Cold rollers for cool calculators

Tests carried out by Chilean conveyor technology specialist Tecnología en Transporte (TTM) have shown that precision rollers from German manufacturer Rulmeca are much better suited for heavy-duty conveyors.


Mining, Coal and Lignite
Cold rollers



Conveying material

  • Project nameCold rollers
  • Project locationChile
  • Customer typeEnd User


Tests carried out by Chilean conveyor technology specialist Tecnología en Transporte (TTM) have shown that precision rollers from German manufacturer Rulmeca are much better suited for heavy-duty conveyors in the bulk materials handling industry than simple rollers from the local competitor.

At first glance, there appears to be nothing remarkable. All rollers for bulk material conveyor belts are round, made of steel and mostly painted red in the heavy-duty sector. The shaft axis offset is also standardized to a large extent. So, judging from external appearance, one roller looks very much like the other. One may have a superior paint finish, the other may be delivered with better packaging. But for many users, a conveyor belt roller is just a conveyor belt roller. Any metal engineer will be able to handle the technical assemble and the required investment is minor, considering the unit price. As rollers are often priced by weight, the current steel price frequently plays a greater role in price negotiations than the quality, which is the actual key to ensuring that bulk material conveyors operate reliably and with minimum maintenance costs for many years.

The differences in quality are immense, as conveyor technology specialist TTM revealed through extensive tests on a belt system used by a Chilean company that conveys crushed limestone for cement production. Featuring an impressive 11,385 rollers to allow freest possible conveyor belt movement, the test object provided a lot of measurement points. Over a period of 188 days, the temperatures of almost 15% of the used rollers were analyzed, comparing rollers from different manufacturers with identical physical footprint.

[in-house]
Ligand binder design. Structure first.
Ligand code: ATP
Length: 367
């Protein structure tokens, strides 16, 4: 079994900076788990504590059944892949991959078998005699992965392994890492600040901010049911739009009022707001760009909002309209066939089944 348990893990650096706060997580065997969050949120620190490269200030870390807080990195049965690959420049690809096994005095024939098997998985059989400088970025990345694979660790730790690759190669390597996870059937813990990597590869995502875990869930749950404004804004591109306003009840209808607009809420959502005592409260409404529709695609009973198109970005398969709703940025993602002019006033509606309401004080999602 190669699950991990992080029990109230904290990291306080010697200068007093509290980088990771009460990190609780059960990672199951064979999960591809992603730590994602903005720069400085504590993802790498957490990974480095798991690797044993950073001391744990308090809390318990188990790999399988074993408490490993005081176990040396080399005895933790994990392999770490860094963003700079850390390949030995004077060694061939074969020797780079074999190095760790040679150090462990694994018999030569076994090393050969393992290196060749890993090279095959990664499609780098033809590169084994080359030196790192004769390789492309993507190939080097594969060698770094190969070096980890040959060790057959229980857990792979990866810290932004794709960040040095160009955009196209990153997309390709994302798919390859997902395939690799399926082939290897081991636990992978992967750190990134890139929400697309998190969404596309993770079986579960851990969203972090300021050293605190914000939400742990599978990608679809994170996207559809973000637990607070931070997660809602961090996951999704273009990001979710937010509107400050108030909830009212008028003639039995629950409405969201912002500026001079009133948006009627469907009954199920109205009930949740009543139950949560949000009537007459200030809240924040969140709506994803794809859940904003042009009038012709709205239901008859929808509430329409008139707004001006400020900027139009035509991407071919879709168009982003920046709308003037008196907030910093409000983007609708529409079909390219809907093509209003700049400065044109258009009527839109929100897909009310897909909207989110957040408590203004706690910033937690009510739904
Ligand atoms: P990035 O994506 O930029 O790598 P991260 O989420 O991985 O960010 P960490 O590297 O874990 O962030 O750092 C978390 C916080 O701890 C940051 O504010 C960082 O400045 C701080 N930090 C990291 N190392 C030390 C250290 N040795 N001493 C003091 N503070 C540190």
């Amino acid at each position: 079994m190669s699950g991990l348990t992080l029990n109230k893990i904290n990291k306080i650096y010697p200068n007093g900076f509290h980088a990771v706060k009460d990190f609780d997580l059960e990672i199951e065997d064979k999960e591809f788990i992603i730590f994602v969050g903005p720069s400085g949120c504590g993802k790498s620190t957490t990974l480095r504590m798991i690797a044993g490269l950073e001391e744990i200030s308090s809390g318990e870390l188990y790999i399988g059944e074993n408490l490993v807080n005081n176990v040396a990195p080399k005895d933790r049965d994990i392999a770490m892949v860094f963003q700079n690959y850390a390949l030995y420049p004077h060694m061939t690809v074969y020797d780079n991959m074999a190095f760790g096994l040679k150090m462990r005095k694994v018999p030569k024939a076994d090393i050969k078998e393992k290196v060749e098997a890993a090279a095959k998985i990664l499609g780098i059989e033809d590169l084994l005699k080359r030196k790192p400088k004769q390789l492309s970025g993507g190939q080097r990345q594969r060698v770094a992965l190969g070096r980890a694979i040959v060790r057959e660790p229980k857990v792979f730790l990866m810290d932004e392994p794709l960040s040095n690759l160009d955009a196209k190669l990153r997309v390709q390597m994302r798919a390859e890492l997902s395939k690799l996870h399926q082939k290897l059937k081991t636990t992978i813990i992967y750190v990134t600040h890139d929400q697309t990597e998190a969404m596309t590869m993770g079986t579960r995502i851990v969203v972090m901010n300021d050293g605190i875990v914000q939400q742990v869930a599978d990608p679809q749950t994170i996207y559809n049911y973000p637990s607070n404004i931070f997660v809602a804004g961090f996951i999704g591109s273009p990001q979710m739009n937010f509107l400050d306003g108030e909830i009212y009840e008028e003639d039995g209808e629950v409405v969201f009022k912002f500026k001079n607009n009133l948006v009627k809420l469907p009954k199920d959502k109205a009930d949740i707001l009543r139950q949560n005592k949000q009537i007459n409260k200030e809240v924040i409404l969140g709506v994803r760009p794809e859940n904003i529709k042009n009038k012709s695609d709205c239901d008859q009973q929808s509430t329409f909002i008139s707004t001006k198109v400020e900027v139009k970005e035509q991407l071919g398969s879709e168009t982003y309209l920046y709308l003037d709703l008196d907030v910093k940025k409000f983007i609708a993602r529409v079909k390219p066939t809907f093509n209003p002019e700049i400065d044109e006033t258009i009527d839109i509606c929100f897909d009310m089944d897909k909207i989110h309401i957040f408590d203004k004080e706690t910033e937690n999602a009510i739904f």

Throughout this extensive test period, all Rulmeca’s cold rollers in use measured below 50 °C and on average 30 °C, which means they were in a satisfactory condition at all times. Over the same period, 3.2% of the local competitor’s rollers needed replacing, with 286 reaching alarming temperatures between 80°C and 130°C, and 50 in a dangerous state with temperatures above 130°C. Over an entire year, the projected failure rate would have been 6.06%. Bearing in mind that each of these rollers represents a high to extremely high fire risk, it would have been statistically necessary to change almost two rollers every day (exactly 1.78 per day). Quality rollers such as those from Rulmeca, on the other hand, would have required neither replacement nor maintenance costs.

Since these tests, the use of Rulmeca rollers has become mandatory for the staff maintaining the conveyor system. And with good reason. In view of the complexity of the plant, and the fact that it fulfils business-critical functions which require high availability, running the comparatively high risk of a roller failure and the associated fire hazard was no longer acceptable.


What’s the manufacturing secret?